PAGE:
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buttress

[buh-tris] /ˈbʌ trɪs/
noun
1.
any external prop or support built to steady a structure by opposing its outward thrusts, especially a projecting support built into or against the outside of a masonry wall.
2.
any prop or support.
3.
a thing shaped like a buttress, as a tree trunk with a widening base.
4.
a bony or horny protuberance, especially on a horse's hoof.
verb (used with object)
5.
to support by a buttress; prop up.
6.
to give encouragement or support to (a person, plan, etc.).
Origin of buttress
1350-1400
1350-1400; Middle English butresOld French (arc) boterez thrusting (arch) nominative singular of boteret (accusative), equivalent to boter- abutment (perhaps < Germanic; see butt3) + -et -et
Related forms
buttressless, adjective
buttresslike, adjective
nonbuttressed, adjective
unbuttressed, adjective
Synonyms
6. encourage, hearten, support, inspirit, brace, back up, reinforce, shore up.
Dictionary.com Unabridged
Based on the Random House Dictionary, © Random House, Inc. 2017.
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Examples from the Web for buttress
Contemporary Examples
Historical Examples
  • I got astride of the buttress, and painfully forced my way up.

    Wilfrid Cumbermede George MacDonald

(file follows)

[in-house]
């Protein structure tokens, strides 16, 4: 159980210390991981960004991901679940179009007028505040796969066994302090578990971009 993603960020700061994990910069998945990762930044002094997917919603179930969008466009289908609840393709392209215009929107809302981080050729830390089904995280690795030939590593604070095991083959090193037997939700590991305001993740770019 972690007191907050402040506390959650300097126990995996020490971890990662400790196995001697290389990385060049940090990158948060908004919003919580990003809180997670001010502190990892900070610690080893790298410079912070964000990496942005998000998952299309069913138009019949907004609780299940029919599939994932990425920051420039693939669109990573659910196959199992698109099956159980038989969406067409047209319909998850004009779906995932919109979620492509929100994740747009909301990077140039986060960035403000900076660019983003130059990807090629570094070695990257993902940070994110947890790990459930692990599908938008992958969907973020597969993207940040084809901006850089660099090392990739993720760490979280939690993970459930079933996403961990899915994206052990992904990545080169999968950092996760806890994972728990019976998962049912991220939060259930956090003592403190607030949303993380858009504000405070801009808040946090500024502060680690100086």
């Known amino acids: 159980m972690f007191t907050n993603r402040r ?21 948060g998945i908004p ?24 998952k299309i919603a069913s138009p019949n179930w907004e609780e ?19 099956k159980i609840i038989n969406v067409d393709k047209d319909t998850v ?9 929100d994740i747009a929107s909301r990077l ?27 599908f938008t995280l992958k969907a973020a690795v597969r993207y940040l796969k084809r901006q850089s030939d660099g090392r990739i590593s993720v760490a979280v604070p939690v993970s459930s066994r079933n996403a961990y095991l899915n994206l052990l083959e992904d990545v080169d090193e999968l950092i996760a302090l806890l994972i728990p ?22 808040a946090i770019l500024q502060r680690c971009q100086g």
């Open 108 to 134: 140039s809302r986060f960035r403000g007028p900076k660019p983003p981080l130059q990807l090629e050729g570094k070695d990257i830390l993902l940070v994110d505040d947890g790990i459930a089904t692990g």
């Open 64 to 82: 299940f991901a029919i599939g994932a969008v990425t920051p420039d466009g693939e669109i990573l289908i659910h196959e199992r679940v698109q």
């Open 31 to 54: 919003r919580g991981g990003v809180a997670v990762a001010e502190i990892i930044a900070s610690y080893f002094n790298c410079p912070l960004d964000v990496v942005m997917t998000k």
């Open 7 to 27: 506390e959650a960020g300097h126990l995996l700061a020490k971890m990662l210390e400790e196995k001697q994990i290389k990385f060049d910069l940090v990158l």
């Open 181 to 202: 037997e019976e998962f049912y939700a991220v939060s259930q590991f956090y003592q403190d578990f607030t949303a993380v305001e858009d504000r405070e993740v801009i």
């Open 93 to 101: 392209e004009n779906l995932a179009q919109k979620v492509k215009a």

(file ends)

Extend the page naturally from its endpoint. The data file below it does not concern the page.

• The end of the buttress was a foot or two below the level of the leads, where Clara stood.

    Wilfrid Cumbermede George MacDonald
  • As the buttress does not bond with the wall it was evidently a later addition.

    Byzantine Churches in Constantinople Alexander Van Millingen
  • Philip was too busy keeping behind the buttress to see who they were who were talking.

    The Magic City Edith Nesbit
  • “That ridge along the summit of yonder spur or buttress,” said Dale.

    The Crystal Hunters George Manville Fenn
British Dictionary definitions for buttress

buttress

/ˈbʌtrɪs/
noun
1.
Also called pier. a construction, usually of brick or stone, built to support a wall See also flying buttress
2.
any support or prop
3.
something shaped like a buttress, such as a projection from a mountainside
4.
either of the two pointed rear parts of a horse's hoof
verb (transitive)
5.
to support (a wall) with a buttress
6.
to support or sustain
Word Origin
C13: from Old French bouterez, short for ars bouterez thrusting arch, from bouter to thrust, butt³
Collins English Dictionary - Complete & Unabridged 2012 Digital Edition
© William Collins Sons & Co. Ltd. 1979, 1986 © HarperCollins
Publishers 1998, 2000, 2003, 2005, 2006, 2007, 2009, 2012
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Word Origin and History for buttress
n.

early 14c., from Old French (arc) botrez "flying buttress," apparently from bouter "to thrust against," of Frankish origin (cf. Old Norse bauta "to strike, beat"), from Proto-Germanic *butan, from PIE root *bhau- "to strike" (see butt (v.)).

v.

late 14c., literal and figurative, from buttress (n.). Related: Buttressed; buttressing.

Online Etymology Dictionary, © 2010 Douglas Harper
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